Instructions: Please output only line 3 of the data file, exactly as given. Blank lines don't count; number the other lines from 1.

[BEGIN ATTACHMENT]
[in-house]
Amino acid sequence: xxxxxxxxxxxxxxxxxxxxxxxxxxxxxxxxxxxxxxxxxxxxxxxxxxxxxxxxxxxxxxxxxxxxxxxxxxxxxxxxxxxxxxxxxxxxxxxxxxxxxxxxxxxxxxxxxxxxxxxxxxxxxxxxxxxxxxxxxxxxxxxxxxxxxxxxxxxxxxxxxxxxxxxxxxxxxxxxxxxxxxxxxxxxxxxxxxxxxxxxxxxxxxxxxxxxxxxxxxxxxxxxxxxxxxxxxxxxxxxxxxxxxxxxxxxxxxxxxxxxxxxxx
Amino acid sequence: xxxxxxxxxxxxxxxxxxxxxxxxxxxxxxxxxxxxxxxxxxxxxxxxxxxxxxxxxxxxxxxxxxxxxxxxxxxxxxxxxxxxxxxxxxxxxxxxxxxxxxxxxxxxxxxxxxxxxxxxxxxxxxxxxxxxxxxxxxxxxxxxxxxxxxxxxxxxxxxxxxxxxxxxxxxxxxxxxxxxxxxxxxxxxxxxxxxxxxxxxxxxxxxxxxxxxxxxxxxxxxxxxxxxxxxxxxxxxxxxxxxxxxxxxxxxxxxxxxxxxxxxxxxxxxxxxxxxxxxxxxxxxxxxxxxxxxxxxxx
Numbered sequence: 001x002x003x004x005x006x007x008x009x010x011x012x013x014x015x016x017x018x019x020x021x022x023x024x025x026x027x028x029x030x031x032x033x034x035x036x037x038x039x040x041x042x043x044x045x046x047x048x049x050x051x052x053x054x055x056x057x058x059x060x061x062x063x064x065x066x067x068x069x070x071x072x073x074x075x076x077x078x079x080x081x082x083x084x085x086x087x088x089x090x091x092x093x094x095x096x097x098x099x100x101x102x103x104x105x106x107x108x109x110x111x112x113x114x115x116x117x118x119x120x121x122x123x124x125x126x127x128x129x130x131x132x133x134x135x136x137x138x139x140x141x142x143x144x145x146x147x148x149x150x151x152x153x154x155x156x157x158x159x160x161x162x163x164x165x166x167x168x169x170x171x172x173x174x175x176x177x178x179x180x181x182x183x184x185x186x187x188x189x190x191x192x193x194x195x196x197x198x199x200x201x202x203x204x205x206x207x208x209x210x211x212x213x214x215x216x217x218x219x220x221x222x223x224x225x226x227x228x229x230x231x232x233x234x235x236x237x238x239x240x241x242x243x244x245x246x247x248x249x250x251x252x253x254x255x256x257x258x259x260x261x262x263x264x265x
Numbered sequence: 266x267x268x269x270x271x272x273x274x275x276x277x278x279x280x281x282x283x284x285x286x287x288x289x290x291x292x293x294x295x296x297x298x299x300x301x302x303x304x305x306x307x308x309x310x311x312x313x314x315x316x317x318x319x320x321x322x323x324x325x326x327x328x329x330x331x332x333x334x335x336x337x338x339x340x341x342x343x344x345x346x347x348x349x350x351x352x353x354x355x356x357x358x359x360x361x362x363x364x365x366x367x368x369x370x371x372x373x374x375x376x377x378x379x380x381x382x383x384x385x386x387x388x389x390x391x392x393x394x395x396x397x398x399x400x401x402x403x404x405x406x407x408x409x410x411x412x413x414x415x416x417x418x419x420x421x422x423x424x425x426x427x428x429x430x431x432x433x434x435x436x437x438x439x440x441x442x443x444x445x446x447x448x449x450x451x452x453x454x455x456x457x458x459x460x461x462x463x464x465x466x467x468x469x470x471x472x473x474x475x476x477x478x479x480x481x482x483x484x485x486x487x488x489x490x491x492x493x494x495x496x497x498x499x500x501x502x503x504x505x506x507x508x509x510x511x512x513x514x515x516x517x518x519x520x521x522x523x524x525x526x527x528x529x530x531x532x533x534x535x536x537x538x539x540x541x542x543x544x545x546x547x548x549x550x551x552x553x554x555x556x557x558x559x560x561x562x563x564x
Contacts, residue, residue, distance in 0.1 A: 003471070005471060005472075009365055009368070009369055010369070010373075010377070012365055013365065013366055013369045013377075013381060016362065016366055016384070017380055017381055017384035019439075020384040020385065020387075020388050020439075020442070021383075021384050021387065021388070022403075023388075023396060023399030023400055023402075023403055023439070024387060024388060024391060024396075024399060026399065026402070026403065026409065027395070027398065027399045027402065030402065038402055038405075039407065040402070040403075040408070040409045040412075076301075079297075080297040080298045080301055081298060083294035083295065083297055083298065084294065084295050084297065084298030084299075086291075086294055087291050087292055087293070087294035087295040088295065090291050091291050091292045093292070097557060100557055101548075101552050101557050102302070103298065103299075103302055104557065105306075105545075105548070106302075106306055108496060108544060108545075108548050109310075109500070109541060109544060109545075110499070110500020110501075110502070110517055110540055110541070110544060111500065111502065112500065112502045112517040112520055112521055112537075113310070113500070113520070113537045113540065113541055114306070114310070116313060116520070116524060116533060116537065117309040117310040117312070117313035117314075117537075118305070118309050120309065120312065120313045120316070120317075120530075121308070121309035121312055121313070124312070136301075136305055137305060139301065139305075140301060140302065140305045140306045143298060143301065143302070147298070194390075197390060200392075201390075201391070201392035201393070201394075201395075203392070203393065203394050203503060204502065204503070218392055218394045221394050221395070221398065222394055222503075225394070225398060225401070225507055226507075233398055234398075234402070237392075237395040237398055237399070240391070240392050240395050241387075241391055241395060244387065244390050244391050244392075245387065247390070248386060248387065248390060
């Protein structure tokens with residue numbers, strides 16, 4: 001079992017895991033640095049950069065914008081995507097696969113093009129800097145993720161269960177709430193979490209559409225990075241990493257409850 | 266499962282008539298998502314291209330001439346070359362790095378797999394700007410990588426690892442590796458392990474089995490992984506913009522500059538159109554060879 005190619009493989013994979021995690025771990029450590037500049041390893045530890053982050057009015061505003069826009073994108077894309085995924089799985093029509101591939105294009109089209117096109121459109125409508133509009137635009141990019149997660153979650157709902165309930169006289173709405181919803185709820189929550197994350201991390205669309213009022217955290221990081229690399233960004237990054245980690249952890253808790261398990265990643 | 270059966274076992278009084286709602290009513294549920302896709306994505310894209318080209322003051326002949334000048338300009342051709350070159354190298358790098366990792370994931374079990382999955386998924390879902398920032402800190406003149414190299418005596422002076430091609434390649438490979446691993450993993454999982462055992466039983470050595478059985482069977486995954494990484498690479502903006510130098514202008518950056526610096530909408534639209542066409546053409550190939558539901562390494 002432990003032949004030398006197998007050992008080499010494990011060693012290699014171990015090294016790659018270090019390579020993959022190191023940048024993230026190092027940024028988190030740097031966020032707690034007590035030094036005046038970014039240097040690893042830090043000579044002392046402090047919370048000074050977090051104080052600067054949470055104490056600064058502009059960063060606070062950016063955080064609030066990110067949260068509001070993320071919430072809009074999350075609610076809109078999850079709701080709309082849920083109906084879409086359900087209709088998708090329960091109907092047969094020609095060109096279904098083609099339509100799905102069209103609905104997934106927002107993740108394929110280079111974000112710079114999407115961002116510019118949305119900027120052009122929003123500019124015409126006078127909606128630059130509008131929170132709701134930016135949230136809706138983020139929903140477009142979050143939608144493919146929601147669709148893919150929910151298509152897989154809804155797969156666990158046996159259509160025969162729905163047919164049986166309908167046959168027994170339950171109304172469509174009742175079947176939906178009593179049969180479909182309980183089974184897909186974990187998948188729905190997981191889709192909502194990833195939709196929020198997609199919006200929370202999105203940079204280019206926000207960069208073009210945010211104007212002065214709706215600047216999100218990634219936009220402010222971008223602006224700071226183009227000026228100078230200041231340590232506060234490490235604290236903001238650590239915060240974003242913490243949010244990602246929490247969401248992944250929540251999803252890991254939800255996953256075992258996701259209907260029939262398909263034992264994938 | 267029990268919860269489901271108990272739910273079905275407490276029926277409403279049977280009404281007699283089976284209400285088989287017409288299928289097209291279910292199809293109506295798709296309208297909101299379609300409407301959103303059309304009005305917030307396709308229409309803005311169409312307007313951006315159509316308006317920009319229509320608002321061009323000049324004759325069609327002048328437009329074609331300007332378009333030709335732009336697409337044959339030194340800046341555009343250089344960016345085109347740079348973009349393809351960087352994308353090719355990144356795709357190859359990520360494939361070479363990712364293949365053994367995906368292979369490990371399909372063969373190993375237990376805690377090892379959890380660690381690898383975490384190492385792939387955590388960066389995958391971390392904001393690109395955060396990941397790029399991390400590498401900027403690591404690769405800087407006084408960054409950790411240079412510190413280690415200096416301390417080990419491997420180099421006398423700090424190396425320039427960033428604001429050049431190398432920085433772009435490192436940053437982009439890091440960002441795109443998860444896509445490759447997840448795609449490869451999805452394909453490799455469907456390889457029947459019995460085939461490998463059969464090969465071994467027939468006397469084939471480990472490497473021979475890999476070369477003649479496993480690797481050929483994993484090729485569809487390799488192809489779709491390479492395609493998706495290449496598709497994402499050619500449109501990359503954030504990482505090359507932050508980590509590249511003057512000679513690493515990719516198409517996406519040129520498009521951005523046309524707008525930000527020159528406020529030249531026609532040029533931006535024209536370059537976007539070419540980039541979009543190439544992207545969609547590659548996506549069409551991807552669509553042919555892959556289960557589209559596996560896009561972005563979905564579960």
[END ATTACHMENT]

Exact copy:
Amino acid sequence: xxxxxxxxxxxxxxxxxxxxxxxxxxxxxxxxxxxxxxxxxxxxxxxxxxxxxxxxxxxxxxxxxxxxxxxxxxxxxxxxxxxxxxxxxxxxxxxxxxxxxxxxxxxxxxxxxxxxxxxxxxxxxxxxxxxxxxxxxxxxxxxxxxxxxxxxxxxxxxxxxxxxxxxxxxxxxxxxxxxxxxxxxxxxxxxxxxxxxxxxxxxxxxxxxxxxxxxxxxxxxxxxxxxxxxxxxxxxxxxxxxxxxxxxxxxxxxxxxxxxxxxxxxxxxxxxxxxxxxxxxxxxxxxxxxxxxxxxxxx